Review by AK_the_Twilight
"Sora's Memories: Now In 3-D!"
Kingdom Hearts should have never been good. Think about it: mixing the light-hearted cartoons of Disney with the spiky-haired seriousness of Final Fantasy. It sounds like a recipe for disaster. Who would've thought that the end result, Kingdom Hearts would take off the way it did. Once thought to be one of the most unlikely of alliances in gaming history, the Kingdom Hearts series has been widely acclaimed as one of Square's most treasured of franchises. After the first installment, the GBA game Kingdom Hearts: Chain of Memories appeared, spewing out the mystery and intensity of the series in portable form. After the colossal hit that was Kingdom Hearts II, SquareEnix released the re-release Final Mix+ in Japan. Sadly, North America never received Final Mix+, but not to ignore the fans, a part of Final Mix+ arrived on North American shores in 2008. The part was Re:Chain of Memories, a remake of Chain of Memories in 3-D. Can Re:Chain of Memories recapture the unforgettable journey through Castle Oblivion?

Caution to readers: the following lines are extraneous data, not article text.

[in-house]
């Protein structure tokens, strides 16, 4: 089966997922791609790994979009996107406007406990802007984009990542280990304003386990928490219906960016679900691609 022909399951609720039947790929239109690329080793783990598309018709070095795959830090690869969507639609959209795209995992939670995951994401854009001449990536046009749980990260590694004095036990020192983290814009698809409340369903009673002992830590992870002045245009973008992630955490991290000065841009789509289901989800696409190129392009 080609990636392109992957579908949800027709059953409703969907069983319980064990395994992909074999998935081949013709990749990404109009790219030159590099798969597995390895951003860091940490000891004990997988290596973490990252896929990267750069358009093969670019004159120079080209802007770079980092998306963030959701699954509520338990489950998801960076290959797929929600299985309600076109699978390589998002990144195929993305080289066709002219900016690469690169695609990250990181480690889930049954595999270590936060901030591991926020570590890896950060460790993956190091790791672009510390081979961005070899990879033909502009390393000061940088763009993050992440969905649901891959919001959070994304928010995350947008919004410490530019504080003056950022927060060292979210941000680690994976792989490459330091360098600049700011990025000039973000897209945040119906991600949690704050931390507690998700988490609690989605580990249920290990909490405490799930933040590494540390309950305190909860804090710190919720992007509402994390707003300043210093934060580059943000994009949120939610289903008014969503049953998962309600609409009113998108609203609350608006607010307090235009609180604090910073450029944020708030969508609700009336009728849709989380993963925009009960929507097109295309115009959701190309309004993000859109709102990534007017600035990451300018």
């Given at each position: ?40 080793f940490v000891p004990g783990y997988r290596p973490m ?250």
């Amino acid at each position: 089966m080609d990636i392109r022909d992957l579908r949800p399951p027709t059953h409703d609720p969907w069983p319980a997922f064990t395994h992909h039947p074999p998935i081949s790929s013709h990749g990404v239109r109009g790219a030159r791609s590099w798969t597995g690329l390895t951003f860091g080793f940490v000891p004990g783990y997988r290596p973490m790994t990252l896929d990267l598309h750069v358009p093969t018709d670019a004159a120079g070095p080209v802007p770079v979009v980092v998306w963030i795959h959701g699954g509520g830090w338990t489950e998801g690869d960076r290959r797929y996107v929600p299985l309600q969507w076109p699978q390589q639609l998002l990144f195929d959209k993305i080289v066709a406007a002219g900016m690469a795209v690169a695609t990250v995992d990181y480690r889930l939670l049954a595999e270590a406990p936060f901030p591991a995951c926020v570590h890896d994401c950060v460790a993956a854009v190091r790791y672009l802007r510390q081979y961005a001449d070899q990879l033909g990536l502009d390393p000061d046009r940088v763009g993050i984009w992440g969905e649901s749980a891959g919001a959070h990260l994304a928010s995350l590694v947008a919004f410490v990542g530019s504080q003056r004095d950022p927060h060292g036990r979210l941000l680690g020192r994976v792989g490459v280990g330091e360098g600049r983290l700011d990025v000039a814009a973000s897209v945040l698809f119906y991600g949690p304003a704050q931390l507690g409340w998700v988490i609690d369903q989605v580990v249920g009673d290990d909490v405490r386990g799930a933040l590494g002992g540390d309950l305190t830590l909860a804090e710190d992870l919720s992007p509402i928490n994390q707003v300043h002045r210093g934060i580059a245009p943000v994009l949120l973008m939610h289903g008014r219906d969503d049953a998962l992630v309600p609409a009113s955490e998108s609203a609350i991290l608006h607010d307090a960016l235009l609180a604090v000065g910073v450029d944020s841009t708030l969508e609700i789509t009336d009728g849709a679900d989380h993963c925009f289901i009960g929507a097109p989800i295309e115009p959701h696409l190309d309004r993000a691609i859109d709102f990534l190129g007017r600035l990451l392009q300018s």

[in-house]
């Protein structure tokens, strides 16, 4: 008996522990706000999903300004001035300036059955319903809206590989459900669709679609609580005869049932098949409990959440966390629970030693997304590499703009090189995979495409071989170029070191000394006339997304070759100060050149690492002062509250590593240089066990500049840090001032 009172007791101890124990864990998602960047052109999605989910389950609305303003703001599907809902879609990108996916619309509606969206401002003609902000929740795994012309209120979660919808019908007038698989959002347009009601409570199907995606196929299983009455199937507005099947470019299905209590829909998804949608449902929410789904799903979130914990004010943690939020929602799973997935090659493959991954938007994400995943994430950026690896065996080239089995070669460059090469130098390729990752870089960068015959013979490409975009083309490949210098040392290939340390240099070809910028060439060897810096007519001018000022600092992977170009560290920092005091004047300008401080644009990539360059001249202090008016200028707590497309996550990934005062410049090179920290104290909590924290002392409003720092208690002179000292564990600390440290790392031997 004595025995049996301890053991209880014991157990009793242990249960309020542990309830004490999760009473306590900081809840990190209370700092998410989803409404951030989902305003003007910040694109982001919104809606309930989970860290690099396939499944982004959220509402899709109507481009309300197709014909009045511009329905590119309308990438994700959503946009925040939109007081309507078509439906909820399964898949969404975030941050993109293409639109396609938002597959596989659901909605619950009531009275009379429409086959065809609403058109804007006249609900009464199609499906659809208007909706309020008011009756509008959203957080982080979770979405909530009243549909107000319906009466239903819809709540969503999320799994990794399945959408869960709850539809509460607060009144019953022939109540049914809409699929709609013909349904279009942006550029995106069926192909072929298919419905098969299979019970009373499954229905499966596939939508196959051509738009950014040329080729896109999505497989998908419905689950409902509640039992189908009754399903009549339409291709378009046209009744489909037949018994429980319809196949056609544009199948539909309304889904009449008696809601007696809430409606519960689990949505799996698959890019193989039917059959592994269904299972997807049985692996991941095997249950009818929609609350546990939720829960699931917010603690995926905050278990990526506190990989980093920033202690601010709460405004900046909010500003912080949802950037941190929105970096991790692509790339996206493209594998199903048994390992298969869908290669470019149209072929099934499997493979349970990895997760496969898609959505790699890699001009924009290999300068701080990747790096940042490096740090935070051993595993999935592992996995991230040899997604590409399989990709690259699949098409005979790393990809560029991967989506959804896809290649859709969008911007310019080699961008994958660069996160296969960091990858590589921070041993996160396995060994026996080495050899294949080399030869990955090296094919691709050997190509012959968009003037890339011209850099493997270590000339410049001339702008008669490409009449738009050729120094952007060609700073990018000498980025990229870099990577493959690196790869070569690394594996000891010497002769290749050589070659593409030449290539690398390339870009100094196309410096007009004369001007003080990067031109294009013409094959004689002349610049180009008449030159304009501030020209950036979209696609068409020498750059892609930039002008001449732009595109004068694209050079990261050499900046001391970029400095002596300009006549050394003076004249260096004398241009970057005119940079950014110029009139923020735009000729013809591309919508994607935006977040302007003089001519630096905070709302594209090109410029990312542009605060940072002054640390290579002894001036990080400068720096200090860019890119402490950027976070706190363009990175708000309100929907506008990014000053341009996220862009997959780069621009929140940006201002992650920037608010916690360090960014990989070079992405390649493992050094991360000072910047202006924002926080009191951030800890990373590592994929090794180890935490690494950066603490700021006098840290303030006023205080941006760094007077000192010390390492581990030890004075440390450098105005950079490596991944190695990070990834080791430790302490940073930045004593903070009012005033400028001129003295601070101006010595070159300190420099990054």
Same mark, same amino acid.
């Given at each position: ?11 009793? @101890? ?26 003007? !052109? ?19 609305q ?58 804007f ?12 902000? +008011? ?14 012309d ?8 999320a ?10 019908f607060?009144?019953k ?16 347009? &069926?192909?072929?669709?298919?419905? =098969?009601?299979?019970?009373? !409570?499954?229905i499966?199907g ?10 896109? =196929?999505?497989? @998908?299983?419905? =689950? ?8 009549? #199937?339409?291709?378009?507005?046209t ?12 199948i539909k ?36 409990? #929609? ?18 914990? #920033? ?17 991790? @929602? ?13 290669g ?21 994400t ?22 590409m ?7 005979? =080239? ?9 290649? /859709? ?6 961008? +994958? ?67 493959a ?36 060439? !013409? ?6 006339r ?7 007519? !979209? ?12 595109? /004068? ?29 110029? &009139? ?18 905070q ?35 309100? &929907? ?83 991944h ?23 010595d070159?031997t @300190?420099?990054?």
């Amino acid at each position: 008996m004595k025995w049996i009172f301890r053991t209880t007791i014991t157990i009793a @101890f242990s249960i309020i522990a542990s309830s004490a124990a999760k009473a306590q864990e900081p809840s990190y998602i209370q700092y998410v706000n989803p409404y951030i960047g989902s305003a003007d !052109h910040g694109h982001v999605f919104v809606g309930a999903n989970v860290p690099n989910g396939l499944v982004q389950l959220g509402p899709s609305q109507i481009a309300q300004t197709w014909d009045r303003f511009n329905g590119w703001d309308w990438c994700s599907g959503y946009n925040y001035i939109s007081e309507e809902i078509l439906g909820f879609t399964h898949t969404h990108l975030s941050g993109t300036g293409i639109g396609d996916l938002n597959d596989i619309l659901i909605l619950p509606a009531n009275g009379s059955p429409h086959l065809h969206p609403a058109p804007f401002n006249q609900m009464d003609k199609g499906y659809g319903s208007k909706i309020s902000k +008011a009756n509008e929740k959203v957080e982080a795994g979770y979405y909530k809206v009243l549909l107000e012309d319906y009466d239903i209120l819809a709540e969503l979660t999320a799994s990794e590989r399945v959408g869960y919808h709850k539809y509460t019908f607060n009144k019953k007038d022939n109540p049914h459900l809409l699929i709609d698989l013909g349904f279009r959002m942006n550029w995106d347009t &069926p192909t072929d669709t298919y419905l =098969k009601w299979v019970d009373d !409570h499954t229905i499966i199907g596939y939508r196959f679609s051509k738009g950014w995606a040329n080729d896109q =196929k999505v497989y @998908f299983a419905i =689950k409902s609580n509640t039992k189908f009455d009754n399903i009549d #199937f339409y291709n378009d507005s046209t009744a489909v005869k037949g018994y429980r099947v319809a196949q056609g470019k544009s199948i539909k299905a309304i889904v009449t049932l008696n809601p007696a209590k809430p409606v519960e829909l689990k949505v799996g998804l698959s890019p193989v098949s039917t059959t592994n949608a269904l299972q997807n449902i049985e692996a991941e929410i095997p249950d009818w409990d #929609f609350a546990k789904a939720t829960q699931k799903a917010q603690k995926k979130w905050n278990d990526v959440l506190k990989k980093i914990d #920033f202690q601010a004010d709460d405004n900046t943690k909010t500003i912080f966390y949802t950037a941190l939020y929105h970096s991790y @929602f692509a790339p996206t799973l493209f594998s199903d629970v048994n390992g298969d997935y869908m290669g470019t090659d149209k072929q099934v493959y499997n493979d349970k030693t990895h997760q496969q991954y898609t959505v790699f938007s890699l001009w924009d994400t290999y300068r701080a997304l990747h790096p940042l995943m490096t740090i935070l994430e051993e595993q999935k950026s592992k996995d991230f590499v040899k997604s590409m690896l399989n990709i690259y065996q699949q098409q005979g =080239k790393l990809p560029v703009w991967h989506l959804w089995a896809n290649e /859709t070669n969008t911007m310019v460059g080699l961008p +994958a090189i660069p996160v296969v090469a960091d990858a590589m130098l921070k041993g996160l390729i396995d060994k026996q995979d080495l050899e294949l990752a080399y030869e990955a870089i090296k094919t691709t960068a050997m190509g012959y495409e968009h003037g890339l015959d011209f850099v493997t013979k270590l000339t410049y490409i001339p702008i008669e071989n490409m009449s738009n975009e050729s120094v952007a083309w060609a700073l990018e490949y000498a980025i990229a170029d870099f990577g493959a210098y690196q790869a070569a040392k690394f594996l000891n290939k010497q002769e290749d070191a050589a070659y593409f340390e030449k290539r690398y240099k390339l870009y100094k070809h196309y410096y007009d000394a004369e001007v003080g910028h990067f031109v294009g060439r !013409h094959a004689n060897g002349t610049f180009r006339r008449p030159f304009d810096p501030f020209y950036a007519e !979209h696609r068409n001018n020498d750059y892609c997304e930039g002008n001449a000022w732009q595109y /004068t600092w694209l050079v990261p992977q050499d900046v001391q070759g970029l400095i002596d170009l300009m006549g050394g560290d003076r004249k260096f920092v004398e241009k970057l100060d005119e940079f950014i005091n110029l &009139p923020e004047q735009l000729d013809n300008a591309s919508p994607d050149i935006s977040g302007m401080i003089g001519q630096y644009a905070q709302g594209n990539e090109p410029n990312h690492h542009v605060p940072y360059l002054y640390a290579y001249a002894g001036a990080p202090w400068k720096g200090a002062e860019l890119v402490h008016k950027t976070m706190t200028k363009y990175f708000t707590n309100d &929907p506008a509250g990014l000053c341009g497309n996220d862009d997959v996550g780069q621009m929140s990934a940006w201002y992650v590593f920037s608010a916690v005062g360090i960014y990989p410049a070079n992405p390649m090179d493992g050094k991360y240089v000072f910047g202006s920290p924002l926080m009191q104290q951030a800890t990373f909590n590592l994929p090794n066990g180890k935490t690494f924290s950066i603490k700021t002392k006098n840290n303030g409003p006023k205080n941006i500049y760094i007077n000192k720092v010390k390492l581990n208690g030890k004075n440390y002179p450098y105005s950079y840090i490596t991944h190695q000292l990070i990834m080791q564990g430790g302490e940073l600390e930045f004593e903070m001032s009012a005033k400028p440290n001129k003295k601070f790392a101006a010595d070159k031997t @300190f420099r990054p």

If you've played the original GBA version of Chain of Memories, Kingdom Hearts: Re:Chain of Memories will be pretty familiar. After the events of the original Kingdom Hearts, Sora, Donald, and Goofy begin their quest to find the royal King Mickey and Sora's friend Riku. After exploring a vast field led along by Mickey's companion Pluto, Sora encounters a cloaked stranger who seems to know a little more about Sora's memories than Sora himself does. Sora, Donald, and Goofy discover an abstract castle named Castle Oblivion, where memories can manifest themselves into entire worlds. Cryptically led along by the stranger, Sora uses strange cards to represent the different worlds that he's seen before. Along the way, Sora discovers familiar friends, new enemies, and some twists that really shake up the storyline. The game is essentially the same if you've played the GBA original, but that doesn't stop the story from pushing the typical Kingdom Hearts mystery. The Kingdom Hearts series has always had an odd juxtaposition in its storylines: despite the kid-friendly characters, there has always been a depth and importance in the story, and Re:Chain of Memories is no different. If you haven't played the GBA version, Re:Chain of Memories is practically required to get the gist of what occurs between Kingdom Hearts and Kingdom Hearts II. The story keeps the Kingdom Hearts quality in high regard and could actually be the most impressive story installment in the entire series.